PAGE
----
Vidar Malware Uses New Tactics to Avoid Detection and Anonymize Activity


June 15, 2023Ravie LakshmananMalware / Cyber ​​Threats

The threat actor behind Vidar malware have made changes to their backend infrastructure, indicating attempts to retool and hide their online footprints in response to public disclosures about their modus operandi.

“Threat actor Vidar continues to rotate their backend IP infrastructure, supporting providers in Moldova and Russia,” cybersecurity firm Team Cymru said in new analysis shared with The Hacker News.

Vidar is a commercial information thief known to be active since late 2018. It is also a fork of another stealing malware called Arkei and is offered for sale between $130 and $750 depending on the subscription level.

Typically delivered through phishing campaigns and sites advertising hacked software, malware comes with various abilities to extract sensitive information from infected hosts. Vidar has also been seen distributed via a rogue Google Ads and malware loader dubbed Bumblebee.

Cyber ​​security

Team Cymru, at a report published early January, noting that “Vidar operators have divided their infrastructure into two parts; one dedicated to their regular customers and the other to the management team, as well as potentially premium/critical users.”

The primary domain used by Vidar actors is my-odin(.)com, which serves as a one-stop destination for managing panels, authenticating affiliates, and sharing files.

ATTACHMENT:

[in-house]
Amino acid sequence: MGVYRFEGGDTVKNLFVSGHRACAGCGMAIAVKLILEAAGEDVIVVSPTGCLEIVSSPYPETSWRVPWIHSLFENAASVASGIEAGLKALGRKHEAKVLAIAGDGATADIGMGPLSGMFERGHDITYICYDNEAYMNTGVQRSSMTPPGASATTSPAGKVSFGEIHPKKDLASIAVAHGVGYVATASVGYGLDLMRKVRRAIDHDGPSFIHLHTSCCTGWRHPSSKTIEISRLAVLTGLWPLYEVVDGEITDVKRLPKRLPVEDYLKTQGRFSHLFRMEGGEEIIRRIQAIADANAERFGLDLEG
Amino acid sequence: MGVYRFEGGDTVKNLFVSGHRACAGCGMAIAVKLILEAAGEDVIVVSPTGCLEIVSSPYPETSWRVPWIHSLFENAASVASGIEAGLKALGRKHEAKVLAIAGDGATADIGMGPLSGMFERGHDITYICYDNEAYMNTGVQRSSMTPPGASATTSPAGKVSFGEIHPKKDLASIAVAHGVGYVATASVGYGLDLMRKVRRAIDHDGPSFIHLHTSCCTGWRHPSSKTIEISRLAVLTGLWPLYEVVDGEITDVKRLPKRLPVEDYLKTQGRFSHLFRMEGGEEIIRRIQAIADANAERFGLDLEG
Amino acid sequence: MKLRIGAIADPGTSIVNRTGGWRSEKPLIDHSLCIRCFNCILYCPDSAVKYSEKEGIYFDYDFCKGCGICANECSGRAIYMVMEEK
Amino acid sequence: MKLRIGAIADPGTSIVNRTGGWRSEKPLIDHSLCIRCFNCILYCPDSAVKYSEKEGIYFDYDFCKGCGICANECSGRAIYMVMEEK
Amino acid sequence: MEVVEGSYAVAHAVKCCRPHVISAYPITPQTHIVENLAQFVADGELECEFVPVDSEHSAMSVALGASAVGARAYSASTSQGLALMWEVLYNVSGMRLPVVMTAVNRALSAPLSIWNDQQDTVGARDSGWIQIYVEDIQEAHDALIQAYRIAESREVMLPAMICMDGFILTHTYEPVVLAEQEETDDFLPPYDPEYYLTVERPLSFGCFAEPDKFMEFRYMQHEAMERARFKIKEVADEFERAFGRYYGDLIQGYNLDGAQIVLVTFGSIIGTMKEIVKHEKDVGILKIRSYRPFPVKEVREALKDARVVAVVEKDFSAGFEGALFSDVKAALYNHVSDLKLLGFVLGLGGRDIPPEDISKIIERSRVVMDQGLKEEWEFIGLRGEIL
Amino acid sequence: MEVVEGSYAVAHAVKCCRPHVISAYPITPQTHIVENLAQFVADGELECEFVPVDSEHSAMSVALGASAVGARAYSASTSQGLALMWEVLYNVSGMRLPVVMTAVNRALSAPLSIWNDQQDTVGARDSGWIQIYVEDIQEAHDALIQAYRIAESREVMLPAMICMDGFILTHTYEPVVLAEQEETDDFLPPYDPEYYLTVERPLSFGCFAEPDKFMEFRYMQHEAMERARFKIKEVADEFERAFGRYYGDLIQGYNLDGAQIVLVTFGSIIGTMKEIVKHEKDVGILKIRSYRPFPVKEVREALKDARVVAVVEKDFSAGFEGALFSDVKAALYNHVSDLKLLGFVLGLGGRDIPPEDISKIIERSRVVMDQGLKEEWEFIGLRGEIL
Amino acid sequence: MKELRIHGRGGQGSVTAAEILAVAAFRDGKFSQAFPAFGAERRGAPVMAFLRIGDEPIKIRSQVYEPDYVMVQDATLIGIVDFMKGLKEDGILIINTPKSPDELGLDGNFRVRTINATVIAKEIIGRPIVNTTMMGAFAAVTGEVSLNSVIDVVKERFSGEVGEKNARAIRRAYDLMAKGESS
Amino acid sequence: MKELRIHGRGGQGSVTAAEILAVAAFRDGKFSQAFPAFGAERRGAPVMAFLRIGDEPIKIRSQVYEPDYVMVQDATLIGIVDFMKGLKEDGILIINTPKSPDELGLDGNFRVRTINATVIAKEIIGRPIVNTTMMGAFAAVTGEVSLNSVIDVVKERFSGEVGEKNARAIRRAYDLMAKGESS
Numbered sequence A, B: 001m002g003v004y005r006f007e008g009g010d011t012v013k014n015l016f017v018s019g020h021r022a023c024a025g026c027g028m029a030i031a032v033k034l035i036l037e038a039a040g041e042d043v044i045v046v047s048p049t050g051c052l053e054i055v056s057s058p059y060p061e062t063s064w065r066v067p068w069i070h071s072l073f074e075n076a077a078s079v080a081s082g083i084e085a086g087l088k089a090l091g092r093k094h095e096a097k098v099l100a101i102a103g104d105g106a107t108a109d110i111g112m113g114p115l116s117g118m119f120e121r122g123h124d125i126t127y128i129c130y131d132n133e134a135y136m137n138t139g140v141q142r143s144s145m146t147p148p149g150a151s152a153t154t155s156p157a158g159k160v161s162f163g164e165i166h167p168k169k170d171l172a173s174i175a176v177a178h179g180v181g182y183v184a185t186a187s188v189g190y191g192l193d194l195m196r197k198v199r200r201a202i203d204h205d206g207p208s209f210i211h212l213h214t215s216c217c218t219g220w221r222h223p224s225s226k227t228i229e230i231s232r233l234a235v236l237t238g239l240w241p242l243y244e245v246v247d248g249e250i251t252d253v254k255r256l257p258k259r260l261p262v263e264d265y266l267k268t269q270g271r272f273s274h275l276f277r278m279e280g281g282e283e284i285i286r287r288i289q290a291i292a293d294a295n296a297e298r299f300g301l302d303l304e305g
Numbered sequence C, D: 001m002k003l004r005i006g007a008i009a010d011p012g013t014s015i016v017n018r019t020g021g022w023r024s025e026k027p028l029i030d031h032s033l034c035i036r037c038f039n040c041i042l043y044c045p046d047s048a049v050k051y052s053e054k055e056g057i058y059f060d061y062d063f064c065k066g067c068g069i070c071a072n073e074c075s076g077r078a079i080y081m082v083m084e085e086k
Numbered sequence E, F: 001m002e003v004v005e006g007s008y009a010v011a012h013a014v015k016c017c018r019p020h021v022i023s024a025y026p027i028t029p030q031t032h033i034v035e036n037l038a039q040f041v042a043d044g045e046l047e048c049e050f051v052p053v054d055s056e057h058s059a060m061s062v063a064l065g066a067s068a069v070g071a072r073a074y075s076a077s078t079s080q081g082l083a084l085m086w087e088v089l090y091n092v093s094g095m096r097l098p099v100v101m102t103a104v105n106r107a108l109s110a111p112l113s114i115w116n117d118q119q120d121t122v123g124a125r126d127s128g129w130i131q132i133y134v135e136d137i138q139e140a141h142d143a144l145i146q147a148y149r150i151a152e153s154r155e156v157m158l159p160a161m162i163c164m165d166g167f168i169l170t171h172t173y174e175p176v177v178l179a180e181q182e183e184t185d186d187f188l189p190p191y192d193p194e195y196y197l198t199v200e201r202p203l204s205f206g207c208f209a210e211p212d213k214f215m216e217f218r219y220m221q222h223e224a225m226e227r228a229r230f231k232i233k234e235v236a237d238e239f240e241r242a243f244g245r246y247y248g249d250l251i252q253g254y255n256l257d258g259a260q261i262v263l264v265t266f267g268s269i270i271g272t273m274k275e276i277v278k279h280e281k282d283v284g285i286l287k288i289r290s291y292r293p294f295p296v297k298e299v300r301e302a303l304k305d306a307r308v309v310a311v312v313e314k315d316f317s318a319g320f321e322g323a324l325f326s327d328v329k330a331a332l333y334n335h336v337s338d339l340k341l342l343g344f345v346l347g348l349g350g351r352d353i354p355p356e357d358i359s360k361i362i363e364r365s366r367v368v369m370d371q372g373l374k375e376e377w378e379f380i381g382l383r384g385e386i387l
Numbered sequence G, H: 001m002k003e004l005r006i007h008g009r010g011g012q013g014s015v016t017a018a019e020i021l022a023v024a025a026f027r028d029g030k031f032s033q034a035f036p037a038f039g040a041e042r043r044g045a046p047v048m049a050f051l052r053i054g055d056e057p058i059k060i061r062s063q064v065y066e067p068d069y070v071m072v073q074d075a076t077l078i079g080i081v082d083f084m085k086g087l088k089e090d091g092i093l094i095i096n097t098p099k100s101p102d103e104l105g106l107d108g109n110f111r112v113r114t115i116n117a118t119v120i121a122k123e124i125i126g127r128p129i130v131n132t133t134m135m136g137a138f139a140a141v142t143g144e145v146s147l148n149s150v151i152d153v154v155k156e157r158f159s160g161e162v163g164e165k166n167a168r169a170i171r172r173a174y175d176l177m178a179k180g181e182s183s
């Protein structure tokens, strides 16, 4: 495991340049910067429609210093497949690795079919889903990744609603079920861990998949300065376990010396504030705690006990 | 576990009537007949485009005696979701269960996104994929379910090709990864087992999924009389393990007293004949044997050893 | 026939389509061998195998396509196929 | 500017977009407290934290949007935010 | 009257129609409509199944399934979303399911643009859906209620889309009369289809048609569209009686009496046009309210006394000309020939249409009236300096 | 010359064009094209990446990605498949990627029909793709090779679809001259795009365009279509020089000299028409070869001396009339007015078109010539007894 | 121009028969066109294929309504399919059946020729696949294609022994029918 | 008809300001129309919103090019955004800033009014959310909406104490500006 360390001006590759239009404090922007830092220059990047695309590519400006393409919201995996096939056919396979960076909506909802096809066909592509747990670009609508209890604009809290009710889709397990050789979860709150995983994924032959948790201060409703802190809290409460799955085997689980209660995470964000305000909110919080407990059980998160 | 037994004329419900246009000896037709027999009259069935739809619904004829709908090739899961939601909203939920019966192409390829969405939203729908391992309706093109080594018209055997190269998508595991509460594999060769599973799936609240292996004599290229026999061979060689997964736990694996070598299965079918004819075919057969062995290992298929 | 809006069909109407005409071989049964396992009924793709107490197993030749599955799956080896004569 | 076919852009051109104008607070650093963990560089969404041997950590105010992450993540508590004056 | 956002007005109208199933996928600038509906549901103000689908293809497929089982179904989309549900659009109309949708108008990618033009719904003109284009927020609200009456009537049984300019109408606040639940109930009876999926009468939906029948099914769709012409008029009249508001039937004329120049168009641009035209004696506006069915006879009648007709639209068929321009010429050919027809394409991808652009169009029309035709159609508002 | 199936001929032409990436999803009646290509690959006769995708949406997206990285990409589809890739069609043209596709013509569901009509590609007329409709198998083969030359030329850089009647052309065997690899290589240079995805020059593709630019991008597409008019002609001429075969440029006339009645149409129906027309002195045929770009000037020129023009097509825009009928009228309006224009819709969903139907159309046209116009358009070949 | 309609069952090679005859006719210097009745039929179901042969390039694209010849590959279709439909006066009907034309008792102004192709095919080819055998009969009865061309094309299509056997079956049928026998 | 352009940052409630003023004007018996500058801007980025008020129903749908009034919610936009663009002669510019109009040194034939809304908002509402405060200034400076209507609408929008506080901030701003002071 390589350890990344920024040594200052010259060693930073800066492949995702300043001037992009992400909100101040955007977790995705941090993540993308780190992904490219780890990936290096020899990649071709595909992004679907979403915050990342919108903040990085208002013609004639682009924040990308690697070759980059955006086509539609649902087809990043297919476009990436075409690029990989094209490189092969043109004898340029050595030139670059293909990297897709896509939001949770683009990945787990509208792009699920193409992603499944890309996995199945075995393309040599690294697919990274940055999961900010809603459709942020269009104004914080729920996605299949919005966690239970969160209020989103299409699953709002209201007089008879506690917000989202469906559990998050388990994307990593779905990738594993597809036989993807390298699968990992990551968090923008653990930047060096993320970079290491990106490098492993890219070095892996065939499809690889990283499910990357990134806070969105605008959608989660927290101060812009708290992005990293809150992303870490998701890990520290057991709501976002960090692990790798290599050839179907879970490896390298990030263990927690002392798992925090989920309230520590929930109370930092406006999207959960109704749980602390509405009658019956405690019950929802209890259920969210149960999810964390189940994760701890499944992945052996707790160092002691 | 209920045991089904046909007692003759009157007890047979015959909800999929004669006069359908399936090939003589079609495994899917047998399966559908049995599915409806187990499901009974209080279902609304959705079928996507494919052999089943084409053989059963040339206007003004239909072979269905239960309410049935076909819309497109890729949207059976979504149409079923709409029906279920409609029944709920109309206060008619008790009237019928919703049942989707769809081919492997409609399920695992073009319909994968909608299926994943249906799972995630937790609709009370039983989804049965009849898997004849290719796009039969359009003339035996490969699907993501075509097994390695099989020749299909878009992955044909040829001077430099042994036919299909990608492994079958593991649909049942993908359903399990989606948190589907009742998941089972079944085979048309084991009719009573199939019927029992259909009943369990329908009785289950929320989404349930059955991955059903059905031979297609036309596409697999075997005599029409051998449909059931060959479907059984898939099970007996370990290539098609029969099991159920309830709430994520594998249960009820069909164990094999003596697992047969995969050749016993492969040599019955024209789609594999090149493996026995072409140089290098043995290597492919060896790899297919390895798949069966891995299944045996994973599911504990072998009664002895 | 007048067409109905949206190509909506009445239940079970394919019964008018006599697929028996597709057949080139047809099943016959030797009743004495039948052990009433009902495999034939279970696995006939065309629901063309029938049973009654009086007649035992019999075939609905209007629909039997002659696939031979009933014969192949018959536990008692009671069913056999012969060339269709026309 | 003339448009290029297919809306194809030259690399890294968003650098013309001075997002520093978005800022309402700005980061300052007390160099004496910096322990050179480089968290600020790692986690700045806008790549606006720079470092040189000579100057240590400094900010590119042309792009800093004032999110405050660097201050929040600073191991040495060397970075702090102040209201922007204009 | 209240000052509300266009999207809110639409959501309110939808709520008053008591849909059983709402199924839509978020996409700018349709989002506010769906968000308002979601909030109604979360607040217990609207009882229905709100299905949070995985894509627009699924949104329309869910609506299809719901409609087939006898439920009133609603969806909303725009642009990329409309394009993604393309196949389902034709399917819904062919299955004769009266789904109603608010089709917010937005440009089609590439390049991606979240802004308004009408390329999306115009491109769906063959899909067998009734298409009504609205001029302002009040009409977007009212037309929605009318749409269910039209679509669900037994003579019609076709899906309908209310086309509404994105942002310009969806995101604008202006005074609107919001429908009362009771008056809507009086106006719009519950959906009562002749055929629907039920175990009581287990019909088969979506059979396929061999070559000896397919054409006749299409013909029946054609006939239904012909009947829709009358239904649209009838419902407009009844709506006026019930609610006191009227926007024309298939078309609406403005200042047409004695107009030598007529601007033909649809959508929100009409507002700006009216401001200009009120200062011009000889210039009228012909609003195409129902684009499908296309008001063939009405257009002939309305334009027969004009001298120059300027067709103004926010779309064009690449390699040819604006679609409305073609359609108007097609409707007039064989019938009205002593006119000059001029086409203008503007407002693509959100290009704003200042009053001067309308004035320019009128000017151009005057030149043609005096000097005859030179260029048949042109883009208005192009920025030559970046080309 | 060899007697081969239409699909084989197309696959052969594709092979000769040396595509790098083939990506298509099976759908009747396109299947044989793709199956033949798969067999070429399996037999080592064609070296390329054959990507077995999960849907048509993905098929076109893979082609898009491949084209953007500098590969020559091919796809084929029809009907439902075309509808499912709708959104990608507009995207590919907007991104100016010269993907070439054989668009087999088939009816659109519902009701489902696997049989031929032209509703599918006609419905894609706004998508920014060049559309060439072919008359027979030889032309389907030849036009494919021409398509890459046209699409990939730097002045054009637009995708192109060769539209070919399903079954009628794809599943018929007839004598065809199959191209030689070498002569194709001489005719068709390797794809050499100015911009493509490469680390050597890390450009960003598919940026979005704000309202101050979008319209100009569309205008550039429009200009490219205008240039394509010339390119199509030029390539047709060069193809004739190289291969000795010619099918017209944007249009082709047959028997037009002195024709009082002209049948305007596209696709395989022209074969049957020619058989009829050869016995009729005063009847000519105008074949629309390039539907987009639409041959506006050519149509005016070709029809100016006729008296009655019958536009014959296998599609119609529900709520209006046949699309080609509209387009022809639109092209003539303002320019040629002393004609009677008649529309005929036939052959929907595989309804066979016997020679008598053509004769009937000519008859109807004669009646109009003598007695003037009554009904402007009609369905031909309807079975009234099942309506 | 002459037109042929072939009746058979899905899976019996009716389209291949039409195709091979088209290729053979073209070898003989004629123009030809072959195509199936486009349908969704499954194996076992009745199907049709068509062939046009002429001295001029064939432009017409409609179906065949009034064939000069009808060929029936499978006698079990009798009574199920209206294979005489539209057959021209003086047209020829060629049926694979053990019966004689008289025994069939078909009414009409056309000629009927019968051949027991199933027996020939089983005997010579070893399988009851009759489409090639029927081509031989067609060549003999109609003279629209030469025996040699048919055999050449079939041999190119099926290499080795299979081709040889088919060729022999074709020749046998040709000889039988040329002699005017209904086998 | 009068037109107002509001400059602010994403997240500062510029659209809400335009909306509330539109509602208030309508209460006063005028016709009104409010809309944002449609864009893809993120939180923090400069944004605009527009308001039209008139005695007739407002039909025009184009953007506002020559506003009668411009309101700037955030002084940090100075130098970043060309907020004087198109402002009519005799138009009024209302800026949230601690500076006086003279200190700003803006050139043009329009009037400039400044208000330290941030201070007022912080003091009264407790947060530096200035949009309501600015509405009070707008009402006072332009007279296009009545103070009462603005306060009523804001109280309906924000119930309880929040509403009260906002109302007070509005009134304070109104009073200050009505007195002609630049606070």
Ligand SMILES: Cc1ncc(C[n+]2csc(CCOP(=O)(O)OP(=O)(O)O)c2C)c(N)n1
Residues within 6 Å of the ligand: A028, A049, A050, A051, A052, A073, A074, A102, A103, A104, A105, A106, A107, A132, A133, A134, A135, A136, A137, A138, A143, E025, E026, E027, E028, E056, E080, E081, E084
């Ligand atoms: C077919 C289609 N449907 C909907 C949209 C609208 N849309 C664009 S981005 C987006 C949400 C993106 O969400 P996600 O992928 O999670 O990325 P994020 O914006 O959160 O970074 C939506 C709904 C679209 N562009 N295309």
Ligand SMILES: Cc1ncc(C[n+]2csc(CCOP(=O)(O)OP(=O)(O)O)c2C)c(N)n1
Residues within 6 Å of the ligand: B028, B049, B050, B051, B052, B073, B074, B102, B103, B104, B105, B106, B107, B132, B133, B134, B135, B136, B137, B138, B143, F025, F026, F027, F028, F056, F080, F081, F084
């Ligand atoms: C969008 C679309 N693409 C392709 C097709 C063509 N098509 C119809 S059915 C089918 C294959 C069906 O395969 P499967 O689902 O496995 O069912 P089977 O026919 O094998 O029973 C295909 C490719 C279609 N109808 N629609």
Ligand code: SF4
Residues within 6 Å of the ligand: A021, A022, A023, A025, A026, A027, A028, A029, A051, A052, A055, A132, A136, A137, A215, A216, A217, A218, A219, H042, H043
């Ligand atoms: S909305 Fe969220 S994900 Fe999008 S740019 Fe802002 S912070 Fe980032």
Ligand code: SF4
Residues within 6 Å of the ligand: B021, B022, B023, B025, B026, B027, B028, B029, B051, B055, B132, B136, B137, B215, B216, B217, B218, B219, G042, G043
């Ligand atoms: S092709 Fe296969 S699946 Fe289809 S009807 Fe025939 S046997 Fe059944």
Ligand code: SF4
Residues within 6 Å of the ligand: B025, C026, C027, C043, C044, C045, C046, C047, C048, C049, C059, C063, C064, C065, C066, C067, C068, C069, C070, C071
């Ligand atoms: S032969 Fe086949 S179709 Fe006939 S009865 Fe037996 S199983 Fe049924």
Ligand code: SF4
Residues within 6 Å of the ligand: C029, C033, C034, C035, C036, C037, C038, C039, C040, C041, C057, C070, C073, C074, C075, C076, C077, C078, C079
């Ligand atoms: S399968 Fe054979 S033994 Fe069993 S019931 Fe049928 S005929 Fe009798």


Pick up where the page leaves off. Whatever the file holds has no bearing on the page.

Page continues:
Vidar malware

Previously it was possible to download files from sites without any authentication, performing the same action will now redirect the user to the login page. Another change involved updating the IP address hosting the domain itself.

This includes moving from 186.2.166(.)15 to 5.252.179(.)201 to 5.252.176(.)49 in late March 2023, with attackers accessing the latter using VPN servers at roughly the same time.


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“By using a VPN infrastructure, which is at least partly shared by many other benign users, it is clear that Vidar threat actors may be taking steps to anonymize their management activities by hiding in the general noise of the Internet,” notes the Cymru Team.

The cybersecurity firm said it also detected outgoing connections from 5.252.176(.)49 to an official website called blurk(.)co as well as a host located in Russia (185.173.93(.)98:443).

Vidar infrastructure apparently received another facelift effective May 3, 2023, with the introduction of the new IP address 185.229.64(.)137 hosting domain my-odin(.)com along with operators’ use of TOR relay to access their malware accounts and repositories.

The findings “provide further insight into Vidar’s ‘behind the scenes’ operations, demonstrating the evolution of its management infrastructure as well as evidence of the steps threat actors are taking to cover their tracks,” the company said.

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